Sunday, February 1, 2009


At this minute, the Super Bowl is in the 2nd quarter and Pittsburgh is up by 3 over Arizona. I am not much of a football fan, but even as I write those words I am well aware that I am in the minority in that respect. Die hard fans of any person, team, or hobby fascinate me, which brings me to the subject of today's scripture passage, Exodus 32. I didn't want to ignore the events surrounding the creation of the golden calf, so even though Exodus 32 was part of yesterday's assigned passage, it's worth camping out on for a minute or two.

Moses was meeting with God on the mountain for forty days, during which time God was inscribing his law on both sides of stone tablets. At some point, the people started getting restless and apparently forgot all that God had done for them. They approached Aaron saying that they didn't know what had happened to Moses, so they needed something to worship, and Aaron obliged by making them a golden calf to praise.

God had done so much for the children of Israel, but already, they'd forgotten. They wanted something visible, tangible to be the object of their worship, and their behavior was detestable to God. Scripture says that his anger burned against them.

God's first two commandments instructed his children to have no other god and to make no idols. He specifically said they were not to bow to anything or any one except him, and yet here they were just days later, recklessly partying like crazy people as they worshipped a gold cow.

That might seem ridiculous to us today, but about fourteen years ago when I taught a fifth and sixth grade girls Sunday School class, I learned that it's our nature to be very much like that. Leslie was one of the girls in my class, so I had an inside track as far as knowing who all the young ladies admired. That particular year, all the girls had crushes on a young man whose real name was Mark-Paul Gosselaar, better known as his character, Zack, on a popular show called "Saved by the Bell", and on this particular weekend, he was rumored to be in our area.

Our Sunday School lesson that morning was taken from Exodus 32, and it issued a warning against idol worship. I started our class by telling the girls that I had an exciting lesson planned, but that I also might have a surprise for them. I explained that someone they all loved and adored might be stopping by our class to say hi to them. I didn't reveal any identities, but they immediately started trying to guess. Their exuberance became increasingly difficult to contain, so I reemphasized that I couldn't guarantee anything and asked them to try to concentrate on our "exciting" lesson.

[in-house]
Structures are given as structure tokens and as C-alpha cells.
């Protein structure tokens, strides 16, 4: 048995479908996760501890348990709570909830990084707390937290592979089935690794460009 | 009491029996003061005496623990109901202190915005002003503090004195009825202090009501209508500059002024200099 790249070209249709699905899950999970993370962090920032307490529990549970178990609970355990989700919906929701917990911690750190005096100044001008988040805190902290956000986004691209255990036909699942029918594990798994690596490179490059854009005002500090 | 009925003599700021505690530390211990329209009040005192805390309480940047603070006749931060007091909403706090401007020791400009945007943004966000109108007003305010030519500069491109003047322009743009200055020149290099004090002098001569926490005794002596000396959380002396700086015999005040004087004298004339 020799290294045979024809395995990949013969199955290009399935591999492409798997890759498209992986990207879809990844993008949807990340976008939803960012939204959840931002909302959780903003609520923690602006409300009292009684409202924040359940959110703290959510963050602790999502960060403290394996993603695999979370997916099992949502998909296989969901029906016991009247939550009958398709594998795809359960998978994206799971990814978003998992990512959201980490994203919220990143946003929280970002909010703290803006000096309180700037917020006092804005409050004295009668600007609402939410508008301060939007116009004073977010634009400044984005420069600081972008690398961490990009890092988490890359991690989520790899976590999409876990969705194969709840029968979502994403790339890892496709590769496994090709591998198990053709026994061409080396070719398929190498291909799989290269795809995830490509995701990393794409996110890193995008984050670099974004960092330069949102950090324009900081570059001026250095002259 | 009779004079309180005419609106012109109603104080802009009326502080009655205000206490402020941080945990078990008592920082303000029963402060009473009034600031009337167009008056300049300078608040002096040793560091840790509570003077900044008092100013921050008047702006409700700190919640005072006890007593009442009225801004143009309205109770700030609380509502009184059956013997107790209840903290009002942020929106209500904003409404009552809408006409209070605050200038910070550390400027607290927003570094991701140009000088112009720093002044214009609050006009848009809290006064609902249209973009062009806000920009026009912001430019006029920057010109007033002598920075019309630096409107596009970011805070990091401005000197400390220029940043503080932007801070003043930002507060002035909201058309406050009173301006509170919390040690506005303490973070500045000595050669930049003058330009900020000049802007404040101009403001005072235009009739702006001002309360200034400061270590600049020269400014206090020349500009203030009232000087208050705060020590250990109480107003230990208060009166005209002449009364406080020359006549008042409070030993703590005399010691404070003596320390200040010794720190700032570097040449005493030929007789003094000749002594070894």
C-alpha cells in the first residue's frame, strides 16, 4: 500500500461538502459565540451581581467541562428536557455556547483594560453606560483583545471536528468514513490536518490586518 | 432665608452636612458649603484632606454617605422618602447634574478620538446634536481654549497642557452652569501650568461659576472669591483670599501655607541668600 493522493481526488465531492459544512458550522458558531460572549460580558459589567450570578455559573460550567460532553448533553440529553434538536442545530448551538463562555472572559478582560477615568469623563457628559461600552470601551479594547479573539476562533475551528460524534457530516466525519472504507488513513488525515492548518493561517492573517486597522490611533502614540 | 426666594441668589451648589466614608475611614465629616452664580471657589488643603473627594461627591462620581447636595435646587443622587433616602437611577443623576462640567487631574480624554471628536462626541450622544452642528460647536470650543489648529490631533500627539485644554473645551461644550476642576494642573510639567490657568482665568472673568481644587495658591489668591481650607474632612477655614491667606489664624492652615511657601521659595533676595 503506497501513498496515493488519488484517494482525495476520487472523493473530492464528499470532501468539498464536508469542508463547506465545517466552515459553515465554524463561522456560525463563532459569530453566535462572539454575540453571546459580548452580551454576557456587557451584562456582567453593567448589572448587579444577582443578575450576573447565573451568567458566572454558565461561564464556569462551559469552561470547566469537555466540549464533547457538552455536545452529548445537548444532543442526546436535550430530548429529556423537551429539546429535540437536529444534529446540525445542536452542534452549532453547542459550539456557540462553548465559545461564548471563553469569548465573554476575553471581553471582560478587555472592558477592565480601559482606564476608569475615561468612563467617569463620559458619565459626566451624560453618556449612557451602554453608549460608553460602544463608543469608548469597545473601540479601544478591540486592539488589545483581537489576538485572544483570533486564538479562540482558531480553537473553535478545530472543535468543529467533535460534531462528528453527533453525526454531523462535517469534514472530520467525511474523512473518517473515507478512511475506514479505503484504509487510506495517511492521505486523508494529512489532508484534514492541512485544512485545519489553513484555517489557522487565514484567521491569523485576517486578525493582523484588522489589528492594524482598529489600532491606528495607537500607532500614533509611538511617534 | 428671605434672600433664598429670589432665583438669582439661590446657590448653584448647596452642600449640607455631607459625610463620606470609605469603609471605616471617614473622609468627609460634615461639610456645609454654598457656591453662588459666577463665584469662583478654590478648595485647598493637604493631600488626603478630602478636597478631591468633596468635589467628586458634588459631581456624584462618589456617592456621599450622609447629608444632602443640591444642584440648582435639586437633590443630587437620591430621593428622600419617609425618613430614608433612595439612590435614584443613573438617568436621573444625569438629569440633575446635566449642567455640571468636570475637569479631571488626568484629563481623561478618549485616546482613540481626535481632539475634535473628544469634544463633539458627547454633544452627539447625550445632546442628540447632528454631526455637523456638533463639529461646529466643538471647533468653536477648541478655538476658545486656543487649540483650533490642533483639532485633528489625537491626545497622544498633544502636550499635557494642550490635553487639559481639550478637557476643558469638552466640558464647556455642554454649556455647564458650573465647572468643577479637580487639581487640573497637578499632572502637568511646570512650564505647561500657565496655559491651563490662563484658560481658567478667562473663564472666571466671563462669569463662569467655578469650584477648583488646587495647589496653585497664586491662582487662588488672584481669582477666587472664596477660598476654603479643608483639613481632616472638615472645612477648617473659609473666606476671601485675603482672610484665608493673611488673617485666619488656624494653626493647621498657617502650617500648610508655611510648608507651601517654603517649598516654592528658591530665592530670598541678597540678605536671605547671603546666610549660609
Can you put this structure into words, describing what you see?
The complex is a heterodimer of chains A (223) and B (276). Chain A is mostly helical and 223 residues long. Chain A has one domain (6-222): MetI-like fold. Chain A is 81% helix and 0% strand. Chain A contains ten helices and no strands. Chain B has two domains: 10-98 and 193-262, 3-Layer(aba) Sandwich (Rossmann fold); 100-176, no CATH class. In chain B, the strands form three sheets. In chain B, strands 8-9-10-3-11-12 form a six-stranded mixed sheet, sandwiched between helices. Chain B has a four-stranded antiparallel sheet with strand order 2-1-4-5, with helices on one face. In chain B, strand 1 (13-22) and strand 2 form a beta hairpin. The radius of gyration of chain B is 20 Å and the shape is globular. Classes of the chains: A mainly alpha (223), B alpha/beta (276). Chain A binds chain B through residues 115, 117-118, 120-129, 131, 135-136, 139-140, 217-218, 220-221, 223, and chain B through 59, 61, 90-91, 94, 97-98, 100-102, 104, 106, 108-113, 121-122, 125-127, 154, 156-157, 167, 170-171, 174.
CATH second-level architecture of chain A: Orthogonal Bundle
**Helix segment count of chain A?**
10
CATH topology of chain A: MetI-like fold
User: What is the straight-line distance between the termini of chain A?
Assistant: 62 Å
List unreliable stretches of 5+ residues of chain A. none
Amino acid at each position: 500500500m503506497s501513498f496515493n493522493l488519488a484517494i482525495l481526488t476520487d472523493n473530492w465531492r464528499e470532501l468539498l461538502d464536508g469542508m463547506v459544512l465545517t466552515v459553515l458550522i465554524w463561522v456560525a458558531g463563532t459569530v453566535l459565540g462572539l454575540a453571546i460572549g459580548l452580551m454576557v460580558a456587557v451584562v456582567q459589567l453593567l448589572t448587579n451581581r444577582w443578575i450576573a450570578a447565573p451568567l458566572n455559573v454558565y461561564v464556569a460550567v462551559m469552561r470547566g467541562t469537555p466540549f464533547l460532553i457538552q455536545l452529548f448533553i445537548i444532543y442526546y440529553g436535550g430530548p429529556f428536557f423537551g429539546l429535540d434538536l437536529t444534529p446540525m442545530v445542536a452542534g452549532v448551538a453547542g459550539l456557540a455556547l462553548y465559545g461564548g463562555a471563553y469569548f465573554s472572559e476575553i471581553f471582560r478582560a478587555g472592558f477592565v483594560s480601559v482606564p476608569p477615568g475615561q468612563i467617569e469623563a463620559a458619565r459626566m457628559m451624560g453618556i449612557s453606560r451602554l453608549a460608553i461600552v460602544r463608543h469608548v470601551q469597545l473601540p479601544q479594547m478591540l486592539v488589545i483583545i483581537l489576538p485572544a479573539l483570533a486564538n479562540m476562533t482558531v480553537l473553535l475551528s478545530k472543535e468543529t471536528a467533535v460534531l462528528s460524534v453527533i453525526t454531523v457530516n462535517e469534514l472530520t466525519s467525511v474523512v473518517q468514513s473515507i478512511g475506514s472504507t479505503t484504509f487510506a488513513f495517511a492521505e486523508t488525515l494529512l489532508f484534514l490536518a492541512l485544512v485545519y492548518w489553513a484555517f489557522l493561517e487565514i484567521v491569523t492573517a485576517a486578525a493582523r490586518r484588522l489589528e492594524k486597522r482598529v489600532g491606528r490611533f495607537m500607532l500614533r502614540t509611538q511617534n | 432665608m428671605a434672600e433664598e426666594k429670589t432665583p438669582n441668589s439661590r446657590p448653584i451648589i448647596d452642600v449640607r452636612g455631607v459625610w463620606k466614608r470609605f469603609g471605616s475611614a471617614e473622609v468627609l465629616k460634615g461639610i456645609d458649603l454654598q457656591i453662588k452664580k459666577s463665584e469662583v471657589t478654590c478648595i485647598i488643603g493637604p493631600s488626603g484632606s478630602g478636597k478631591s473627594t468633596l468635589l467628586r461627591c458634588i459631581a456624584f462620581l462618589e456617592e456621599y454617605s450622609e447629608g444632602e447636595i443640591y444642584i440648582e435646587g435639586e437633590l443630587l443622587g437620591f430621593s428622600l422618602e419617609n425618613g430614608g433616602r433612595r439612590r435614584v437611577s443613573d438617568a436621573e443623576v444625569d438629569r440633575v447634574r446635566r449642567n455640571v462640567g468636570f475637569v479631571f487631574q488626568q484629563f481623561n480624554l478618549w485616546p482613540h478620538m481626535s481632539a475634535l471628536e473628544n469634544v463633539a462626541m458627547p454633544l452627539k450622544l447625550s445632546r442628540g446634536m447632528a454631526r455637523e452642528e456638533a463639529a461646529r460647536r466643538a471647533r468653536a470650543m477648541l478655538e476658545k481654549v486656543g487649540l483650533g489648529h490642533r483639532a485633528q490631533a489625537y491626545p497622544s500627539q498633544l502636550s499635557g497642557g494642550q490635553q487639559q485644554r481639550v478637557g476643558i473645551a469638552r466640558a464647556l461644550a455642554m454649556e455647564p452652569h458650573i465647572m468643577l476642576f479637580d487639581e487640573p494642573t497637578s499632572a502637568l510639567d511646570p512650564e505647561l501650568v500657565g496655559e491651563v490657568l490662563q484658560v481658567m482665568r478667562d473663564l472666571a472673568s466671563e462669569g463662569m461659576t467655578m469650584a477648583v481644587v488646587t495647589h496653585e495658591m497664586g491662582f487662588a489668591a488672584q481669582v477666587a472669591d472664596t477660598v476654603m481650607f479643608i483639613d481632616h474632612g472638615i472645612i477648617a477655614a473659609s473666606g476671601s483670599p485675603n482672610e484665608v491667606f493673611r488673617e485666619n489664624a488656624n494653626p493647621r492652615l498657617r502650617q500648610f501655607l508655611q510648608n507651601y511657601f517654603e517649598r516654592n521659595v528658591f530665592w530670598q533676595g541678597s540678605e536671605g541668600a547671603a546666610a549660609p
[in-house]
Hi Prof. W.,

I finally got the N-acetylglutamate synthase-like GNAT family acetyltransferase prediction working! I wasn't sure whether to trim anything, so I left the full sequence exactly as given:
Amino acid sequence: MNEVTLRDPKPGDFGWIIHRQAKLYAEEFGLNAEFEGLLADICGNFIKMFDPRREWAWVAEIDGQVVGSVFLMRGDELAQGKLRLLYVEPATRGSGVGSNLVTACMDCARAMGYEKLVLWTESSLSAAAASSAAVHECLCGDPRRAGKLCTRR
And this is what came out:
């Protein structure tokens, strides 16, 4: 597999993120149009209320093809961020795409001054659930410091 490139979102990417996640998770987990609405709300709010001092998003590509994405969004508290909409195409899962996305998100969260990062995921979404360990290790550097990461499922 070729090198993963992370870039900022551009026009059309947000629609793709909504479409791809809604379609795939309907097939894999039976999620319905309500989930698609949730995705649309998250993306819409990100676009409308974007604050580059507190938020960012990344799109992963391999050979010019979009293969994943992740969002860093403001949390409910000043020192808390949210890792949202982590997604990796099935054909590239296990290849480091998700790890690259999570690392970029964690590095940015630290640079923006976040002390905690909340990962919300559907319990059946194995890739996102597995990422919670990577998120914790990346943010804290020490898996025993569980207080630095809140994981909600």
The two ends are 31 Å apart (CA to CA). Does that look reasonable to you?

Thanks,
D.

I gave them group activities and listened to them giggle and guess, primp and prepare. Not a single group noticed the clues to my scheme that were hidden in their study activity because they were simply too distracted. Randomly, different girls would ask, "Is it so-n-so?", and I'd say no--but don't worry about that right now, just keep working on your lesson. These girls who were usually attentive were simply unable to concentrate. They worked themselves into a frenzy agreeing that it must be their beloved Zack!

When time was up and no special guest had arrived,I told them the guest was Jesus, not Zack, and that he'd been there all morning. I asked them to search their hearts and ask themselves if they'd ever been as excited about their love for the Lord as they were thinking that Mark-Paul Gosselaar might pop in for a visit.

The lesson had implications for me as well as for the girls because it was a reminder to us all that it's easy to ignore our idols. We are fans of people and things, but rarely do we get as super-thrilled about our fabulous God as we do about a super star or the super bowl. I suspect that ten years from tonight, only trivia buffs, gamblers, and the players will even recall who wins this game, yet as I watch I see spectators on each side behaving exactly as sold-out, hard-core fans should. The sad thing is, it's rare to see a Christian equally as excited about Jesus.

God's Word is clear. Here's what he has to say in Exodus 20:
4 “You must not make for yourself an idol of any kind or an image of anything in the heavens or on the earth or in the sea. 5 You must not bow down to them or worship them, for I, the Lord your God, am a jealous God who will not tolerate your affection for any other gods...

The Princeton dictionary defines worship as idolizing something or someone. Dear God, show us if we have put anything or any person in a position of higher esteem or importance than you, and may we be first and foremost, your greatest, most exuberant fans.

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